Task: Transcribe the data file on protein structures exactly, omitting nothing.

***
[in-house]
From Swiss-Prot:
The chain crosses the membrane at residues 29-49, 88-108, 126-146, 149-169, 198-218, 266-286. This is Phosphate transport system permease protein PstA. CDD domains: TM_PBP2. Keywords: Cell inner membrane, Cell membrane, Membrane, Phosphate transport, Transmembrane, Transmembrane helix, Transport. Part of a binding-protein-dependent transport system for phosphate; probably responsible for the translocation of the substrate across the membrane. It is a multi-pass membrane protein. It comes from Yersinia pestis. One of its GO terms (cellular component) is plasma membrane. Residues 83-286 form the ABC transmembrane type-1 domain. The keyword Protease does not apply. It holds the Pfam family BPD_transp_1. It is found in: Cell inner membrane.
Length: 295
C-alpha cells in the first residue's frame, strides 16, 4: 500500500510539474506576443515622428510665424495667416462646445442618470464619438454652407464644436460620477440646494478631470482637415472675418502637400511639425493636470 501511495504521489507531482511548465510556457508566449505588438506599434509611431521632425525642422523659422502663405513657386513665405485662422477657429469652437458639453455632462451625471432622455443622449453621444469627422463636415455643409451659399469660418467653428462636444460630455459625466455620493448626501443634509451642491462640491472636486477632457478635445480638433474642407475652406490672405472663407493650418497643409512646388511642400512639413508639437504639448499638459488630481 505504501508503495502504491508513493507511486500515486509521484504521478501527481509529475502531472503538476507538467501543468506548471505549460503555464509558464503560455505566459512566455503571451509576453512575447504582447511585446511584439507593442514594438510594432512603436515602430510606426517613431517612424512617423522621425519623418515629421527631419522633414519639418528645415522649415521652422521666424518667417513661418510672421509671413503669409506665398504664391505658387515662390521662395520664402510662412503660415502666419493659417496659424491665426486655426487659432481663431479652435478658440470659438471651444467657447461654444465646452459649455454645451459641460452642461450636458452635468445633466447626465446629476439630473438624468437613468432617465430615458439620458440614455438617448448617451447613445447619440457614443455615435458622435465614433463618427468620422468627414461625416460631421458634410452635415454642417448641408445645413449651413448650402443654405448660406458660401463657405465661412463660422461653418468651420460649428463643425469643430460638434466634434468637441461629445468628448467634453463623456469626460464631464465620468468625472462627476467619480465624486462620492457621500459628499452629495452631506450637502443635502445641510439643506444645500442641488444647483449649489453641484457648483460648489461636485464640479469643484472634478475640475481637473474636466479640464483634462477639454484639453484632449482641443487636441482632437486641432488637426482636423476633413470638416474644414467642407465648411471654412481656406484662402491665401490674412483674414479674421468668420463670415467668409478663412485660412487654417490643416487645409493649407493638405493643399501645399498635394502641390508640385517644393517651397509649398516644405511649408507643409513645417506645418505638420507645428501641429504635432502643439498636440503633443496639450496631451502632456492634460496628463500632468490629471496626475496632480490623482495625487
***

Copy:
[in-house]
From Swiss-Prot:
The chain crosses the membrane at residues 29-49, 88-108, 126-146, 149-169, 198-218, 266-286. This is Phosphate transport system permease protein PstA. CDD domains: TM_PBP2. Keywords: Cell inner membrane, Cell membrane, Membrane, Phosphate transport, Transmembrane, Transmembrane helix, Transport. Part of a binding-protein-dependent transport system for phosphate; probably responsible for the translocation of the substrate across the membrane. It is a multi-pass membrane protein. It comes from Yersinia pestis. One of its GO terms (cellular component) is plasma membrane. Residues 83-286 form the ABC transmembrane type-1 domain. The keyword Protease does not apply. It holds the Pfam family BPD_transp_1. It is found in: Cell inner membrane.
Length: 295
C-alpha cells in the first residue's frame, strides 16, 4: 500500500510539474506576443515622428510665424495667416462646445442618470464619438454652407464644436460620477440646494478631470482637415472675418502637400511639425493636470 501511495504521489507531482511548465510556457508566449505588438506599434509611431521632425525642422523659422502663405513657386513665405485662422477657429469652437458639453455632462451625471432622455443622449453621444469627422463636415455643409451659399469660418467653428462636444460630455459625466455620493448626501443634509451642491462640491472636486477632457478635445480638433474642407475652406490672405472663407493650418497643409512646388511642400512639413508639437504639448499638459488630481 505504501508503495502504491508513493507511486500515486509521484504521478501527481509529475502531472503538476507538467501543468506548471505549460503555464509558464503560455505566459512566455503571451509576453512575447504582447511585446511584439507593442514594438510594432512603436515602430510606426517613431517612424512617423522621425519623418515629421527631419522633414519639418528645415522649415521652422521666424518667417513661418510672421509671413503669409506665398504664391505658387515662390521662395520664402510662412503660415502666419493659417496659424491665426486655426487659432481663431479652435478658440470659438471651444467657447461654444465646452459649455454645451459641460452642461450636458452635468445633466447626465446629476439630473438624468437613468432617465430615458439620458440614455438617448448617451447613445447619440457614443455615435458622435465614433463618427468620422468627414461625416460631421458634410452635415454642417448641408445645413449651413448650402443654405448660406458660401463657405465661412463660422461653418468651420460649428463643425469643430460638434466634434468637441461629445468628448467634453463623456469626460464631464465620468468625472462627476467619480465624486462620492457621500459628499452629495452631506450637502443635502445641510439643506444645500442641488444647483449649489453641484457648483460648489461636485464640479469643484472634478475640475481637473474636466479640464483634462477639454484639453484632449482641443487636441482632437486641432488637426482636423476633413470638416474644414467642407465648411471654412481656406484662402491665401490674412483674414479674421468668420463670415467668409478663412485660412487654417490643416487645409493649407493638405493643399501645399498635394502641390508640385517644393517651397509649398516644405511649408507643409513645417506645418505638420507645428501641429504635432502643439498636440503633443496639450496631451502632456492634460496628463500632468490629471496626475496632480490623482495625487